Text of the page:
NEWTOWN, Conn. — The Connecticut Freedom of Information Commission voted unanimously to recommend that 911 calls and other evidence related to the 2012 shooting at Sandy Hook Elementary School in Newtown be released to the public.
Twenty-six people, including 20 first-graders, were killed by gunman Adam Lanza at the school on December 14.
The decision was seen as the first challenge to a new Connecticut law that blocks public disclosure of some evidence, including photos of those who died in the shooting, on the grounds that their release would “constitute an unwarranted invasion of the personal privacy of the victim or the victim’s surviving family members.”
But that legislation also says that all 911 recordings, as well as audio recordings of first responders, firefighters and police, should be made available.
The Associated Press has challenged the authorities’ refusal to release the 911 tapes, as well as police records related to the Lanza family.
In a report issued in August, an attorney for the commission criticized Newtown police for ceding to the State Attorney’s demand that the 911 calls and other records be withheld from the Associated Press and called for their release.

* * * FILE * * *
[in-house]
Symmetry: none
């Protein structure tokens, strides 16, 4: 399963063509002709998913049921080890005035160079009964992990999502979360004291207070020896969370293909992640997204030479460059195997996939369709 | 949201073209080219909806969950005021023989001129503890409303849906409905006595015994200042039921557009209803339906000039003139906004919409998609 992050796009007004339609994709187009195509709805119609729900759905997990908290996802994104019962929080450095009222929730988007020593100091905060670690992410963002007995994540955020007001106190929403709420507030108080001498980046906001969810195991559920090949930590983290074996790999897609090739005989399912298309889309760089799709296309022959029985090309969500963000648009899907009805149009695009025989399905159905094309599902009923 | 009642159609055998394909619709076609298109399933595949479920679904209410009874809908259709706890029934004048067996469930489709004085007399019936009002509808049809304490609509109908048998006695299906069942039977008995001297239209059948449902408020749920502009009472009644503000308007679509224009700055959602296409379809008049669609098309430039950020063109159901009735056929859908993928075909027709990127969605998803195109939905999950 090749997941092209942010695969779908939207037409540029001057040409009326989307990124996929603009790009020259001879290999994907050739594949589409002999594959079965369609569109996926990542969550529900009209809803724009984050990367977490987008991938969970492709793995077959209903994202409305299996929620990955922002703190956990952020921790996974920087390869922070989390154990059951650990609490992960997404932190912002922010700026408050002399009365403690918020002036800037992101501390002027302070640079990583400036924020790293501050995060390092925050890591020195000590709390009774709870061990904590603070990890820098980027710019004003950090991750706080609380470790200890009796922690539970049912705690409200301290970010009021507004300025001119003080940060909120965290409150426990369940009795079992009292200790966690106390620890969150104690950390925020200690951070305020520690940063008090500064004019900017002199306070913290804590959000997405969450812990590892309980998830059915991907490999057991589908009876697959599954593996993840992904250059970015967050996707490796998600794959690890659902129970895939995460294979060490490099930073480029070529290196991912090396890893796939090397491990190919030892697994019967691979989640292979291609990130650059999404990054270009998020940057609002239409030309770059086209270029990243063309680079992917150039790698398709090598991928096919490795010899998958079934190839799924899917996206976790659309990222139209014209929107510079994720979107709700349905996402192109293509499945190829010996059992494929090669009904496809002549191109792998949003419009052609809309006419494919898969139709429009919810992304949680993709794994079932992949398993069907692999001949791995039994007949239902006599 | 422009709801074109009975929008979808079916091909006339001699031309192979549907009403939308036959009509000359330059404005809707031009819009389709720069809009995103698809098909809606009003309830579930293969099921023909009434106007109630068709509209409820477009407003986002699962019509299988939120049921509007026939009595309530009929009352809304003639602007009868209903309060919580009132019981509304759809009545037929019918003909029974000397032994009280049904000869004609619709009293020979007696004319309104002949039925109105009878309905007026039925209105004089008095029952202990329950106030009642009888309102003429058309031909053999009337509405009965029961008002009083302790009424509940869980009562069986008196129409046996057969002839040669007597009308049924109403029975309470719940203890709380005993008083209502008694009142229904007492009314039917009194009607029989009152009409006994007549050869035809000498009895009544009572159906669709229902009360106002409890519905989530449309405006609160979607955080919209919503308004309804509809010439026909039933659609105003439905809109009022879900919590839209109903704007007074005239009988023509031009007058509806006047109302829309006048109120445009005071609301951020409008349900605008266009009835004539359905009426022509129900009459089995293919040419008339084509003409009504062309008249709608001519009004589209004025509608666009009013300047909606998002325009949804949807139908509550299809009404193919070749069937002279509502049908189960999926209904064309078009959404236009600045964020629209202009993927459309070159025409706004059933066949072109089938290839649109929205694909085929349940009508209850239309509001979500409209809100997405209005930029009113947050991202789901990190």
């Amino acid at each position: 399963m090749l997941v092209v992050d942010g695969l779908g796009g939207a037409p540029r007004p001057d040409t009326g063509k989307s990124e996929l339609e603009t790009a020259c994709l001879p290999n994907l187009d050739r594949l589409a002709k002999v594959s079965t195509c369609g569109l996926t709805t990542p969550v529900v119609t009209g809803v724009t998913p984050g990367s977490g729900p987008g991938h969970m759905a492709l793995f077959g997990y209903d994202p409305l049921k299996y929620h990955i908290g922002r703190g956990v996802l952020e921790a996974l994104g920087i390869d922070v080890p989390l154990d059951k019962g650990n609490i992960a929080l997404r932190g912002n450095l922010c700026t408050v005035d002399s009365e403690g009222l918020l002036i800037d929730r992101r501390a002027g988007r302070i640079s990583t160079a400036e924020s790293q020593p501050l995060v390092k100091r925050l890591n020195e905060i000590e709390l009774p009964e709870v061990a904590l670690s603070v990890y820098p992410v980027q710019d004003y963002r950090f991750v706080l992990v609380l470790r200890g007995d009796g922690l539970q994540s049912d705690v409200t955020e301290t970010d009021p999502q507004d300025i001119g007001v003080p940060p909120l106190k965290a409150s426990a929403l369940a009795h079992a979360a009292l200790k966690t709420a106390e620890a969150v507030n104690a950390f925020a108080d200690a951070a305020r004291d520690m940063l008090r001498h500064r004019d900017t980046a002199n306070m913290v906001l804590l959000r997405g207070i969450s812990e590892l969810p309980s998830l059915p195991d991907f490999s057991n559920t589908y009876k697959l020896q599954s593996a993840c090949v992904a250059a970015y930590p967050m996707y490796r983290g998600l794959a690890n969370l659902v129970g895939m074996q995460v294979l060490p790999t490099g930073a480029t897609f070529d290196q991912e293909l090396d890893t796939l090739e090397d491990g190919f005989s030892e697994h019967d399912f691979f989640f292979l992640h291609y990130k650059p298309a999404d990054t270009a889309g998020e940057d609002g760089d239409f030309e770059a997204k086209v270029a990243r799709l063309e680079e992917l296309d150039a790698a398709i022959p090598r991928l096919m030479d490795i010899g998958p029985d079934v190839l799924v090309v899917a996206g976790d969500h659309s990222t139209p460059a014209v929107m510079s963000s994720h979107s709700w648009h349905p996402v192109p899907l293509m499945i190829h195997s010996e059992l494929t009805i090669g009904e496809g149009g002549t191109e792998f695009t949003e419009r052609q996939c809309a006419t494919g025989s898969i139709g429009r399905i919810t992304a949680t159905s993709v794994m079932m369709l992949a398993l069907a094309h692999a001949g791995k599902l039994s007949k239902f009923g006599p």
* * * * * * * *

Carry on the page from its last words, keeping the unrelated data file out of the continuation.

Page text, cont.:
“While the new law exempts from disclosure certain audio recordings of conversations, presumably between first responders, in which the conditions of victims are described in such recordings, it specifically does not shield from disclosure recordings of 911 calls from members of the public to law enforcement agencies,” the report said.
It also found that although the AP made its initial request in December, police did not even search for the recordings until May 31.
In a brief responding to AP’s complaint, Stephen Sedensky III, state’s attorney for Danbury, said “disclosure of the 911 calls would reveal the identity of witnesses not otherwise known and subject them to threat or intimidation if their identities were made known.”
Sedensky also argued that release of the tapes would jeopardize his investigation and that it would harm the survivors, whom he considers victims of an act of child abuse.
A spokesman for Sedensky said he expects to issue a report on his investigation sometime this fall.
The nine-member commission decided that the tapes were public record and were not exempted from the state’s Freedom of Information Act, so police should no longer withhold them.
Any release is not likely to happen immediately. The commission will mail out its report to Newtown officials, who then have 45 days to appeal.
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